Today while on my lunch break at work, I wanted to use a small gift card I had, so I walked up to Powell’s to look for a good magazine to read in the sun. Yes, sun! There was sun in Portland today! Surprisingly, Powell’s has a pretty poor selection of magazines and quarterlies, so I walked through my favorite room: the one with the cookbooks, gardening books, and books on houses. Without any real direction or focus, I was meandering down the aisles just looking for something to jump out. On the end of one the aisles, there was a cart of books to return back to the shelf. On it I found this little gem of a book: Lofts by Jeffrey Weiss.

Upon first glance, I knew this was the book I’d be taking home. It was published in the 70s, but the aesthetic is very current.  I flipped through it with an architect friend while sitting in the park, and he said that this is the kind of thing he refers to at work. He said that at his firm, they don’t look t0 anything newer than 30 years for design inspiration, as more contemporary buildings haven’t withstood the test of time.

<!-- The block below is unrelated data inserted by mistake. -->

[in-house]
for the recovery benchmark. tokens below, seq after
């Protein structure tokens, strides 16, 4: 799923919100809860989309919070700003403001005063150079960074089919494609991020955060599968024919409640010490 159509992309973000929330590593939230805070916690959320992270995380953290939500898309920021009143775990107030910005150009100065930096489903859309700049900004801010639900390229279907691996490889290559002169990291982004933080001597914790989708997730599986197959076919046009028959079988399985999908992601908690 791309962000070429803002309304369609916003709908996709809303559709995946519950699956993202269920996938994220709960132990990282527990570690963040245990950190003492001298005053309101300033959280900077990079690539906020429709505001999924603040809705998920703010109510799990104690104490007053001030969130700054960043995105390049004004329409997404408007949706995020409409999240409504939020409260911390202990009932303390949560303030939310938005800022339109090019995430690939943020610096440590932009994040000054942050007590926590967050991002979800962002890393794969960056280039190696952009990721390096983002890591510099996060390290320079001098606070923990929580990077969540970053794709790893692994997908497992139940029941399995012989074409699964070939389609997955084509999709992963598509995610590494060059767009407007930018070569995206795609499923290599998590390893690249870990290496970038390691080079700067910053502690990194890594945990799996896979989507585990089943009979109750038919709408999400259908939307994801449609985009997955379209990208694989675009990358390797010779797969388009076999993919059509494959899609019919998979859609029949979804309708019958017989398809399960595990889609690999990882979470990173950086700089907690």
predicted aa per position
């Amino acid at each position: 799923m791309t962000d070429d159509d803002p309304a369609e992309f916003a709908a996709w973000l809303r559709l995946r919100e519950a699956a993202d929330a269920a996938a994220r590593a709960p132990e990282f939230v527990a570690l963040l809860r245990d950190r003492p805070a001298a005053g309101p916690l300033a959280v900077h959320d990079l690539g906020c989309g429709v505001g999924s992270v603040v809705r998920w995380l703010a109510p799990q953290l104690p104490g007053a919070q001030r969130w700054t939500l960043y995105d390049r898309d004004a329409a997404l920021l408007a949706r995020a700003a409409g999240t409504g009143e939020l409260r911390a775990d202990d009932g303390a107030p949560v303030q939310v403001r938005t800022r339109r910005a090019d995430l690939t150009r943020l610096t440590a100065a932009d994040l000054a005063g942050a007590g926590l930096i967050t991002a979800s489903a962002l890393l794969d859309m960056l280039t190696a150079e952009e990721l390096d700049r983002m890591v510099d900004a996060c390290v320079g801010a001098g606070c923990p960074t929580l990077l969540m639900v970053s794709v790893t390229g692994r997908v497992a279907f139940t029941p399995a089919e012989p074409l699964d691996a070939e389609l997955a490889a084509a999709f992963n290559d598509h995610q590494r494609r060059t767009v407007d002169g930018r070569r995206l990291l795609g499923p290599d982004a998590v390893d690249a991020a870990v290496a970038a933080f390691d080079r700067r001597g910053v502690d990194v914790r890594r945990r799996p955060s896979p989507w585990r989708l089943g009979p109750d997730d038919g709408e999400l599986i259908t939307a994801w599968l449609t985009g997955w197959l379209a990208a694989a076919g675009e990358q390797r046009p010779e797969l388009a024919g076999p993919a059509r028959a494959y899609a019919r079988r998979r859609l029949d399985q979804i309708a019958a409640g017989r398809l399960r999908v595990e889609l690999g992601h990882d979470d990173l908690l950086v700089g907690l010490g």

Remove the clunky tvs and maybe some of the appliances, and you’d think these photos were from some new design blog. Instead, they’re straight out of 1979.

All photos scanned from Lofts by Jeffrey Weiss.



  1. Amazing. So, so amazing.

  2. dera

    last night, I finally got around to watching the ken burns shaker documentary. I knew my parent’s always had shaker style furniture, and I can remember passing through shaker villages on road trips as kids, but I never knew the history or their story. how could such a conservative, traditional, and old group of people have such a (what we now consider) “modern” aesthetic? now i realize it was just that- their religion- that determined their minimalism, but oh so neat. (i’m not a huge ken burns fan, but I recommend that doc.)

    all that to say, I hope that the reaction to contemporary shortcuts in architecture and urban planning is great. and that I think we share similar interests as well. 😉

    • Thanks for the suggestion, Dera. I really don’t know much about it either, but am super curious now. Especially because I totally trust you and your outlook on it. xo

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